The rise of the founder-CEO firms
There are many opinions on the merits of founders continuing to run their businesses into public ownership. Surprisingly, there has been limited analysis to underpin those opinions. We set out to bring some evidence to the subject.
Growing importance of founder-CEO companies
A growing proportion of companies are led by their founders; 7% of globally listed companies with market capitalisations above $500 million are run by their founders (source: Bloomberg).
Among initial public offerings (IPO) the tendency is more common; 30% of the companies listed globally over the last five years are led by their founders. In those cases where track records are limited, the role and effectiveness of business leaders is often judged by intuition more than analysis.
We expect the issue to become increasingly important. Companies can scale quicker than ever in capital-light, global industries. With venture capital war chests still strong, public market capital is little impediment to scaling a good idea quickly.
In addition, the widespread use of the internet allows companies to quickly tap global customers, employees and suppliers, bypassing the traditional expansion from local to national to international. As a result, it is increasingly likely that the founder will still be in charge by the time IPO scale is reached.
We set out to explore whether companies led by their founders tend to take a more long-term approach in capital allocation, enjoy superior profitability or perform better than peers. We examined 3,600 non-financial companies with market capitalisations over $500 million. Approximately 70% of founder-led companies are listed in the US, followed by China (8%), Japan (7%) and Europe (6%), and the majority operate in the technology, pharmaceuticals and retail sectors (source Bloomberg 31 Dec 2016).
Founder-CEO companies outperform
Our research demonstrates that in general:
- Founder-CEO companies invest more aggressively than their peers in research and development (R&D), capital expenditure (capex), and mergers and acquisitions (M&A)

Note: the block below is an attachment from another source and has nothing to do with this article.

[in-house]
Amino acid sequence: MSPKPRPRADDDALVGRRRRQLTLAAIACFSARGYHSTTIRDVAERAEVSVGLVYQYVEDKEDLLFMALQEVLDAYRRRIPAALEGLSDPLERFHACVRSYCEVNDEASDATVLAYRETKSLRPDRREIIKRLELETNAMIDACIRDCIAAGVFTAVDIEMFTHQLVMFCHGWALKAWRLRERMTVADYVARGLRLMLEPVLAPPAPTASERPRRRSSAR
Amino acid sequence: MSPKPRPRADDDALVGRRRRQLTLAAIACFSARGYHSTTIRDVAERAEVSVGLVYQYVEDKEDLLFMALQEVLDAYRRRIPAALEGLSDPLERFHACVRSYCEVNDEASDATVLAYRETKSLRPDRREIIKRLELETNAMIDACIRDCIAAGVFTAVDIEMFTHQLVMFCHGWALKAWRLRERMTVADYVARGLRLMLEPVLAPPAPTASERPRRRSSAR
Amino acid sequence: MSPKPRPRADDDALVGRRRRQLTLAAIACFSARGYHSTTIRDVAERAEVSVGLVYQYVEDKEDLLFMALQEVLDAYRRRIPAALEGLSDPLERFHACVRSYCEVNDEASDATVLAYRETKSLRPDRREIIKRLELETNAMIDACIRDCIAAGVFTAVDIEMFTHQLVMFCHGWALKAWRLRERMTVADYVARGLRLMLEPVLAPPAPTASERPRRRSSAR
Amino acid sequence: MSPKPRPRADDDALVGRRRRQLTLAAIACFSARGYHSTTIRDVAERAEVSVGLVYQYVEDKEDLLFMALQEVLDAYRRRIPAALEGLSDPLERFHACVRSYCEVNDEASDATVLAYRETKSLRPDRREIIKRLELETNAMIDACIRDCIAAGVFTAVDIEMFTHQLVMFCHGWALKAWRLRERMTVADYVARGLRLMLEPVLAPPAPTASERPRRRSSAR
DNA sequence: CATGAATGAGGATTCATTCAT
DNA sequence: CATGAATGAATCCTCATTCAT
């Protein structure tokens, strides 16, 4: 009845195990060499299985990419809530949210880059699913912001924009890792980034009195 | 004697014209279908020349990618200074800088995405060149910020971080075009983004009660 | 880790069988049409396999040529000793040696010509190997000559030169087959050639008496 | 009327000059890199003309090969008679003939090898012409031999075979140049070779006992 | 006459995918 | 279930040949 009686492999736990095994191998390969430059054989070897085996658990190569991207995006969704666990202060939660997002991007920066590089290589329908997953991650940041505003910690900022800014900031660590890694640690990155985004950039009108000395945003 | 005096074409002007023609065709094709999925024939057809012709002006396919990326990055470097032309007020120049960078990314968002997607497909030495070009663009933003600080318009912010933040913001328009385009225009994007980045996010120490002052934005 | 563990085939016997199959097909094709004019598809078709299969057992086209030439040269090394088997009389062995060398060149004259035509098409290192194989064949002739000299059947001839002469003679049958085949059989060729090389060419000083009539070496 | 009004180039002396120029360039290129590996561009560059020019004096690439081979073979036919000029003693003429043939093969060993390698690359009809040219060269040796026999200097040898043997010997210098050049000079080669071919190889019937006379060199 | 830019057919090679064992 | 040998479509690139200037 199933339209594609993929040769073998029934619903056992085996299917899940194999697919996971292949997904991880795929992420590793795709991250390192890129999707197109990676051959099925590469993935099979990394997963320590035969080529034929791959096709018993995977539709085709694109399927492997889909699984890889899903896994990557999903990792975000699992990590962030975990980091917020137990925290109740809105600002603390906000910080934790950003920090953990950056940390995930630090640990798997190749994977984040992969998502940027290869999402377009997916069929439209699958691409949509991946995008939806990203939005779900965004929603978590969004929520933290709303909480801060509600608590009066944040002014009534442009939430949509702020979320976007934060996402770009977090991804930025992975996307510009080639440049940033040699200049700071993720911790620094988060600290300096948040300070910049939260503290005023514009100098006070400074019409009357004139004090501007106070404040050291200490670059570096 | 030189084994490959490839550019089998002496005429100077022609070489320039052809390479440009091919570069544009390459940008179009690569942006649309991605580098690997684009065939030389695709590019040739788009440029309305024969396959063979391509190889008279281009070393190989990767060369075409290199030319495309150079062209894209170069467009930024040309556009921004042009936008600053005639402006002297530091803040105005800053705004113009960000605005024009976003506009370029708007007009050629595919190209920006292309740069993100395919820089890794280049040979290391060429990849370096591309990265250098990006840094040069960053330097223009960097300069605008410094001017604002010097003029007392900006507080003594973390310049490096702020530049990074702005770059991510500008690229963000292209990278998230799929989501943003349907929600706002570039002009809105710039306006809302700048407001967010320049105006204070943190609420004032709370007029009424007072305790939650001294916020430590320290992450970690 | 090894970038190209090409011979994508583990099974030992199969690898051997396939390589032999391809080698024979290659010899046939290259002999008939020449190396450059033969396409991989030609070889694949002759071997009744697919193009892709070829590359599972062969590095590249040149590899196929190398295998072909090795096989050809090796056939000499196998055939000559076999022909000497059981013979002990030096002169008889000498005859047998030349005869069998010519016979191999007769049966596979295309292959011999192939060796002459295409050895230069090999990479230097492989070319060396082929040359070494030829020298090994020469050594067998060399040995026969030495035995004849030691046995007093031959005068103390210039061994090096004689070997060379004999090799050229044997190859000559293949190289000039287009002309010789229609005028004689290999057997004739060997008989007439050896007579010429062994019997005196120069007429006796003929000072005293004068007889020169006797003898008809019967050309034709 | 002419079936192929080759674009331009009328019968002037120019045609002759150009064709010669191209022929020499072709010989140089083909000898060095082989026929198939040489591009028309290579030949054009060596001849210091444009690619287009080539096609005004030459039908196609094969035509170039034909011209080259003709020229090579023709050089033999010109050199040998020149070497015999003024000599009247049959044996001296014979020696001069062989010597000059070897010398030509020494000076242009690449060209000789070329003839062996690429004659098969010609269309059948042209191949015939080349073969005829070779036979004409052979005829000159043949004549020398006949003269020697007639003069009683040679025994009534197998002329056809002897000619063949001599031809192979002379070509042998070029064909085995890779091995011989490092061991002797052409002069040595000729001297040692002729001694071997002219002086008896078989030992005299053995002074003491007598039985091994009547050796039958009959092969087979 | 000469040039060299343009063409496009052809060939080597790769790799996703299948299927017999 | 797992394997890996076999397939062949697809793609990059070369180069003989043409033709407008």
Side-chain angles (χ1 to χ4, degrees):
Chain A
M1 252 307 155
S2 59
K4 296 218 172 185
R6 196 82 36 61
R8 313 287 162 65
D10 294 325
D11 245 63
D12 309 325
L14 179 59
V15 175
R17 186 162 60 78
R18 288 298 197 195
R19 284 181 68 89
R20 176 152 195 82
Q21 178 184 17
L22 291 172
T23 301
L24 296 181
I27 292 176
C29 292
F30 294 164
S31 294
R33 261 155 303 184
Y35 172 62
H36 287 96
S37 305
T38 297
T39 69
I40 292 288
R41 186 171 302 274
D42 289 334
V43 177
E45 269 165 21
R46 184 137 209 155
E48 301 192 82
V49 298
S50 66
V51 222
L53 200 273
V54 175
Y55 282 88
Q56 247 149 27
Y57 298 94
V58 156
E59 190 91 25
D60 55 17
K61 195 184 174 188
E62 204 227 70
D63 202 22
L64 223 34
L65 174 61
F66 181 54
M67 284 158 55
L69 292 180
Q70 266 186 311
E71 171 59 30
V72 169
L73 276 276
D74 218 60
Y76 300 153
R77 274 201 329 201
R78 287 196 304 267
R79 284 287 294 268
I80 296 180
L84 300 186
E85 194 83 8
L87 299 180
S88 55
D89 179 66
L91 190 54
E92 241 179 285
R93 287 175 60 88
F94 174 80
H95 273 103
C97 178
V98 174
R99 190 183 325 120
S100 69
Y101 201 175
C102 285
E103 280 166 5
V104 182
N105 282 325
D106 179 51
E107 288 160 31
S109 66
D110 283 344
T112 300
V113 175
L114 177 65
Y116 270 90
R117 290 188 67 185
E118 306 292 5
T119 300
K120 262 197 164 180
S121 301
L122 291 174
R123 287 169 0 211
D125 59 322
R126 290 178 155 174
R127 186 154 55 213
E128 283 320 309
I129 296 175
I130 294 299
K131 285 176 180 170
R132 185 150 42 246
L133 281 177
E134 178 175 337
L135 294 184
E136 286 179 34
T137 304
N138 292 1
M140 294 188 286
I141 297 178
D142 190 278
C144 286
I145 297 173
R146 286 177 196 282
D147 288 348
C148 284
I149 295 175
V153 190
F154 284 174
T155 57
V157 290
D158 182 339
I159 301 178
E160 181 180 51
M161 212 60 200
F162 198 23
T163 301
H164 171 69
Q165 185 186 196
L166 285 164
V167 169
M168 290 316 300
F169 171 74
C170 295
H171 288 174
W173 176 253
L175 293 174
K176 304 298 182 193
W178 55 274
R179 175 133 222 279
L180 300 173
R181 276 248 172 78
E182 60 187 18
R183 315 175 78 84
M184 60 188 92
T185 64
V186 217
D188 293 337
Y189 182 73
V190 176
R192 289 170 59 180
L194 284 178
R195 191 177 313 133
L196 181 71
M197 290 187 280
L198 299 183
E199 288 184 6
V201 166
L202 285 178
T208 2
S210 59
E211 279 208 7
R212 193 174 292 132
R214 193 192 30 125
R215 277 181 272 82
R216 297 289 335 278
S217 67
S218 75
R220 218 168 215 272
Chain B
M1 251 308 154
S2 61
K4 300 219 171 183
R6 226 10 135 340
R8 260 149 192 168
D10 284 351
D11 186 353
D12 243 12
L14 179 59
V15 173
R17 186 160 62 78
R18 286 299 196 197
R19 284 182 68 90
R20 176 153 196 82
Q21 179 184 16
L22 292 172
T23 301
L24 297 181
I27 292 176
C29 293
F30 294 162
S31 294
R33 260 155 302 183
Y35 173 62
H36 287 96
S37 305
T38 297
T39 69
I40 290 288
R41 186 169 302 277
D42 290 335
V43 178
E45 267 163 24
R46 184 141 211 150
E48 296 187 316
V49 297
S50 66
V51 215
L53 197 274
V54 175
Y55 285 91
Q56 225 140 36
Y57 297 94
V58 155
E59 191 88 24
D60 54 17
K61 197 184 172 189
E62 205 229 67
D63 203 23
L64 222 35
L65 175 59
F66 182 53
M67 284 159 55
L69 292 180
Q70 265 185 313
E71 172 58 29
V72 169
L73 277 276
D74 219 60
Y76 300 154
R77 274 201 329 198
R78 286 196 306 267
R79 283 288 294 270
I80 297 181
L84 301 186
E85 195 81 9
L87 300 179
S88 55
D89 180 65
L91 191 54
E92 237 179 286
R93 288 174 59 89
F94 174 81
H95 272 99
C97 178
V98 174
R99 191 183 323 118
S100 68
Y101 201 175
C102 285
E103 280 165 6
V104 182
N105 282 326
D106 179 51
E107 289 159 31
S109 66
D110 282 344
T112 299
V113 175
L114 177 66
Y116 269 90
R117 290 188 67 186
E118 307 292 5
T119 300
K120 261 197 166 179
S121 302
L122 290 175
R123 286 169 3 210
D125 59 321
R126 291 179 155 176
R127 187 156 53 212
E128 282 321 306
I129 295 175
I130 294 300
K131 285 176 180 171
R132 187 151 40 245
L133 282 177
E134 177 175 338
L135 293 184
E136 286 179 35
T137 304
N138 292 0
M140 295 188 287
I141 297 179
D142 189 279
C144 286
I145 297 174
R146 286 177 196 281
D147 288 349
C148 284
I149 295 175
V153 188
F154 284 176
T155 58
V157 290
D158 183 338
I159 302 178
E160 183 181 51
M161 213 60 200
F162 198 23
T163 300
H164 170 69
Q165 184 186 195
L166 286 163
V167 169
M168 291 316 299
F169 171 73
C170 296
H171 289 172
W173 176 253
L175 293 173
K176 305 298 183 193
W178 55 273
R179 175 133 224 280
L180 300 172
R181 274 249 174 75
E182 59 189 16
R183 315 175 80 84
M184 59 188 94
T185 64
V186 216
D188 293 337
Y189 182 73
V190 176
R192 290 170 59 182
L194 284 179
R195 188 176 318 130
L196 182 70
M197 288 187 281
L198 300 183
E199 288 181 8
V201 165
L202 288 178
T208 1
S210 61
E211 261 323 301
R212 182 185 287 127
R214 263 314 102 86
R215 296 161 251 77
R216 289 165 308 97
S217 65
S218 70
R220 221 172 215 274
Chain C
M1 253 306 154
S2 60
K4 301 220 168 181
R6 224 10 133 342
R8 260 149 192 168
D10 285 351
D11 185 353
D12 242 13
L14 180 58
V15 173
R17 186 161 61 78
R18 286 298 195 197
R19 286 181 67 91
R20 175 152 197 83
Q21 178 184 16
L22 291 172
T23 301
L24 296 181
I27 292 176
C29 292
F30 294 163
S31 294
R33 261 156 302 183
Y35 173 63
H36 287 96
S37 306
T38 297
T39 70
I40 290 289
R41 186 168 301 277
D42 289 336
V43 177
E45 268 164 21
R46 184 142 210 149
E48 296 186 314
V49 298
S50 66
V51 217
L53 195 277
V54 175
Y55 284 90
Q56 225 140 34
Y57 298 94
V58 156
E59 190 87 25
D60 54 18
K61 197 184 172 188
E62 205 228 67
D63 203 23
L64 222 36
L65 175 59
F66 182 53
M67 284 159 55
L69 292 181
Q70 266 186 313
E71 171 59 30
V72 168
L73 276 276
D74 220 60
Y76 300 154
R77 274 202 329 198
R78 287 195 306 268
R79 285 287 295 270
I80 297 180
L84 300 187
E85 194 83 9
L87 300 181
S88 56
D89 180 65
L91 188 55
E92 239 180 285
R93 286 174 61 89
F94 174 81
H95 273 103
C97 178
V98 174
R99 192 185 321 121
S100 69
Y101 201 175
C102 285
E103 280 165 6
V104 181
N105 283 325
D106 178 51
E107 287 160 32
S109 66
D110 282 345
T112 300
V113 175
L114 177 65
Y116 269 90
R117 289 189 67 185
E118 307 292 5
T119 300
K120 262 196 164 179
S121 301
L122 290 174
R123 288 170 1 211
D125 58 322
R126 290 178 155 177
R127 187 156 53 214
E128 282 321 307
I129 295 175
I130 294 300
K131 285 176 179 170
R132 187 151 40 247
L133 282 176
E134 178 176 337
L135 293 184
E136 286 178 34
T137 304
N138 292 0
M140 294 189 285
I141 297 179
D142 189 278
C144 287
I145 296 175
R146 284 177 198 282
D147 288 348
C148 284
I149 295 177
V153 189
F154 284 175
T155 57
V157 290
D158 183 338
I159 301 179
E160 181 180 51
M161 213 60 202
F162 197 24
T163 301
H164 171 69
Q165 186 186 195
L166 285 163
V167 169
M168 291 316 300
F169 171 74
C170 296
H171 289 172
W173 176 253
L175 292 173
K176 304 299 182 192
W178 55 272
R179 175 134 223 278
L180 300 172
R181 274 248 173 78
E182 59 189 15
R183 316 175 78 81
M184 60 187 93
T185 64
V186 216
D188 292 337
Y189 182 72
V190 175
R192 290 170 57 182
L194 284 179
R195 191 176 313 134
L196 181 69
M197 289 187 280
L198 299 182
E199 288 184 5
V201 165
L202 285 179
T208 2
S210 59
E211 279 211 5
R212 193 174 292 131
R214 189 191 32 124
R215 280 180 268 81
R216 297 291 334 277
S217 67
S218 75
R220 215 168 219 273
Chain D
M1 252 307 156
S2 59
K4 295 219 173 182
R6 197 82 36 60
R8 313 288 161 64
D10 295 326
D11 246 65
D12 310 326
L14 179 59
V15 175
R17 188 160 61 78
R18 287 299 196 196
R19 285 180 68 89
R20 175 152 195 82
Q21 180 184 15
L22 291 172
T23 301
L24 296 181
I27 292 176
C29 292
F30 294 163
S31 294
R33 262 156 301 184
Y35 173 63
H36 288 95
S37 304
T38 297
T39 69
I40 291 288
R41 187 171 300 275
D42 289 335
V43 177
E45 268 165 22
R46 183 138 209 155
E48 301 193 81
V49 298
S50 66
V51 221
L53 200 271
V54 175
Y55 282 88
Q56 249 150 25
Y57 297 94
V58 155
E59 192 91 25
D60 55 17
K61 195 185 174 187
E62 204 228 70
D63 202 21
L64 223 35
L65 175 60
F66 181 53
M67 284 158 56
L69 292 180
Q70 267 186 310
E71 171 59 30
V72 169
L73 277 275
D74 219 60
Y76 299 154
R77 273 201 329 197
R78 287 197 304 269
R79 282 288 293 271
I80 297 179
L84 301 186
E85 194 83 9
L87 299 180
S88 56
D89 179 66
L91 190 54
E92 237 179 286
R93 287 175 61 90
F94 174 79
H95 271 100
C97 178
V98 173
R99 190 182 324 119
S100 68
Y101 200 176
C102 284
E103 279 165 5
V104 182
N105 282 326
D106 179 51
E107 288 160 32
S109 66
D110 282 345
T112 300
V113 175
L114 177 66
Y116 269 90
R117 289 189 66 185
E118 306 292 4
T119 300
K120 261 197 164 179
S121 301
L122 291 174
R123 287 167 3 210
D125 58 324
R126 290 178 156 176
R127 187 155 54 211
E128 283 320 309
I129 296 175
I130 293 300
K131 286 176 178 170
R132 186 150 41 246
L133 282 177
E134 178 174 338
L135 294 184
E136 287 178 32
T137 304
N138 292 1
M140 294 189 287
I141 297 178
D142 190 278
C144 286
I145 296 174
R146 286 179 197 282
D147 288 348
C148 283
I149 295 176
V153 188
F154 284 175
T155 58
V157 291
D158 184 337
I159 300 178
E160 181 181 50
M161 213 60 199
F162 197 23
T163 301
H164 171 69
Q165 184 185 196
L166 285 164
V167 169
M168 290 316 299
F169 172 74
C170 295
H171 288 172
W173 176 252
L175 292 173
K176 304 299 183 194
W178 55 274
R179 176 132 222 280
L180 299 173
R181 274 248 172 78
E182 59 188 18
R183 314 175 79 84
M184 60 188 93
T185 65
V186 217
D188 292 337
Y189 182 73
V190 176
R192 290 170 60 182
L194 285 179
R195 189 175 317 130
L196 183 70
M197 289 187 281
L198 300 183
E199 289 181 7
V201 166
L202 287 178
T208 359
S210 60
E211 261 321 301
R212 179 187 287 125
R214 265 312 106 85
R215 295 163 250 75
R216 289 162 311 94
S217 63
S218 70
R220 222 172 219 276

- They grow revenues at a faster pace
- Their share prices have outperformed peers over the 5-year period to December 2016
However, our findings become more nuanced when looking at specific sectors in more detail.
- Founder-CEO companies operating in innovation intensive sectors such as internet, software, biotechnology and pharmaceuticals tend to invest more in R&D, capex and M&A than their peers. This often leads to better revenue growth, but not to share price outperformance.
- In more capital intensive industries such as hardware and semiconductors, founder-CEO companies tend to allocate capital more conservatively, and their share prices have generally outperformed their peers.
- In some mature but profitable industries, such as electronic & electrical equipment, founder-CEO companies allocate more capital but at relatively high levels of profitability. This leads to strong compounding power and share price outperformance.
Enabling better research focus
Founder-CEOs are often found in the most exciting areas of the market. By objectively examining their influence on capital allocation and investment performance, our investment teams are better able to focus their research efforts into specific sectors where founder-CEO companies are more likely to outperform their peers.
The views and opinions contained herein are those of Schroders’ investment teams and/or Economics Group, and do not necessarily represent Schroder Investment Management North America Inc.’s house views. These views are subject to change. This information is intended to be for information purposes only and it is not intended as promotional material in any respect.